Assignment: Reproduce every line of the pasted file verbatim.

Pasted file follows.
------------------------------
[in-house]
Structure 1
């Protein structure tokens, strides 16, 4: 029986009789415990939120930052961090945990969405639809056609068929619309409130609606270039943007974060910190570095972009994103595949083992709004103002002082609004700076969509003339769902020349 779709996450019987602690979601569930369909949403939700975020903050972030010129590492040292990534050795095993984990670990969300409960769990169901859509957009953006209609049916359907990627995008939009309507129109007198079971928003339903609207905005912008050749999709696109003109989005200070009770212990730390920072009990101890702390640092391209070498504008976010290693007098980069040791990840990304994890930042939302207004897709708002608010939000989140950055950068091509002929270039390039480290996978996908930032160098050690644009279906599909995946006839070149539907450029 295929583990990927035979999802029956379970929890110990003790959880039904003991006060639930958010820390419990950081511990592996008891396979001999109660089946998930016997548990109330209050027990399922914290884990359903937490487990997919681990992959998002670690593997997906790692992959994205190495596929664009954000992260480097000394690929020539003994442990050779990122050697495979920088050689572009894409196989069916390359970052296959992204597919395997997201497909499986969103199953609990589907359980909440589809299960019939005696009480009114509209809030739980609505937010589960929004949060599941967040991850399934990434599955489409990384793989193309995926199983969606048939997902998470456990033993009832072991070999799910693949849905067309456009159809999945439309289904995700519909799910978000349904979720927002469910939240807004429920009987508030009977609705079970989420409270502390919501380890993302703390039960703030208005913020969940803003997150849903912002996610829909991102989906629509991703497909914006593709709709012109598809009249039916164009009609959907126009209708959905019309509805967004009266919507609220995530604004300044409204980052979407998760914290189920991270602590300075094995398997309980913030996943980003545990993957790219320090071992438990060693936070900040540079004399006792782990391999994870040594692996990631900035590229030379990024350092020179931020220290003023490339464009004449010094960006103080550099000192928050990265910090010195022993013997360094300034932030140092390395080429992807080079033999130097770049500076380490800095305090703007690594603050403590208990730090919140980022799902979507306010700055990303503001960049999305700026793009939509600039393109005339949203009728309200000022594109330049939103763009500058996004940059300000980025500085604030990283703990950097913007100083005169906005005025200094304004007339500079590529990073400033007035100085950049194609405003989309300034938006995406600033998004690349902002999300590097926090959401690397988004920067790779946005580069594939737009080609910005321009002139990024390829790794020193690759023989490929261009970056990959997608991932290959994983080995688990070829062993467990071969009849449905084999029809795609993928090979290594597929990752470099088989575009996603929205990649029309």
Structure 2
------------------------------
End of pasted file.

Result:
[in-house]
Structure 1
């Protein structure tokens, strides 16, 4: 029986009789415990939120930052961090945990969405639809056609068929619309409130609606270039943007974060910190570095972009994103595949083992709004103002002082609004700076969509003339769902020349 779709996450019987602690979601569930369909949403939700975020903050972030010129590492040292990534050795095993984990670990969300409960769990169901859509957009953006209609049916359907990627995008939009309507129109007198079971928003339903609207905005912008050749999709696109003109989005200070009770212990730390920072009990101890702390640092391209070498504008976010290693007098980069040791990840990304994890930042939302207004897709708002608010939000989140950055950068091509002929270039390039480290996978996908930032160098050690644009279906599909995946006839070149539907450029 295929583990990927035979999802029956379970929890110990003790959880039904003991006060639930958010820390419990950081511990592996008891396979001999109660089946998930016997548990109330209050027990399922914290884990359903937490487990997919681990992959998002670690593997997906790692992959994205190495596929664009954000992260480097000394690929020539003994442990050779990122050697495979920088050689572009894409196989069916390359970052296959992204597919395997997201497909499986969103199953609990589907359980909440589809299960019939005696009480009114509209809030739980609505937010589960929004949060599941967040991850399934990434599955489409990384793989193309995926199983969606048939997902998470456990033993009832072991070999799910693949849905067309456009159809999945439309289904995700519909799910978000349904979720927002469910939240807004429920009987508030009977609705079970989420409270502390919501380890993302703390039960703030208005913020969940803003997150849903912002996610829909991102989906629509991703497909914006593709709709012109598809009249039916164009009609959907126009209708959905019309509805967004009266919507609220995530604004300044409204980052979407998760914290189920991270602590300075094995398997309980913030996943980003545990993957790219320090071992438990060693936070900040540079004399006792782990391999994870040594692996990631900035590229030379990024350092020179931020220290003023490339464009004449010094960006103080550099000192928050990265910090010195022993013997360094300034932030140092390395080429992807080079033999130097770049500076380490800095305090703007690594603050403590208990730090919140980022799902979507306010700055990303503001960049999305700026793009939509600039393109005339949203009728309200000022594109330049939103763009500058996004940059300000980025500085604030990283703990950097913007100083005169906005005025200094304004007339500079590529990073400033007035100085950049194609405003989309300034938006995406600033998004690349902002999300590097926090959401690397988004920067790779946005580069594939737009080609910005321009002139990024390829790794020193690759023989490929261009970056990959997608991932290959994983080995688990070829062993467990071969009849449905084999029809795609993928090979290594597929990752470099088989575009996603929205990649029309």
Structure 2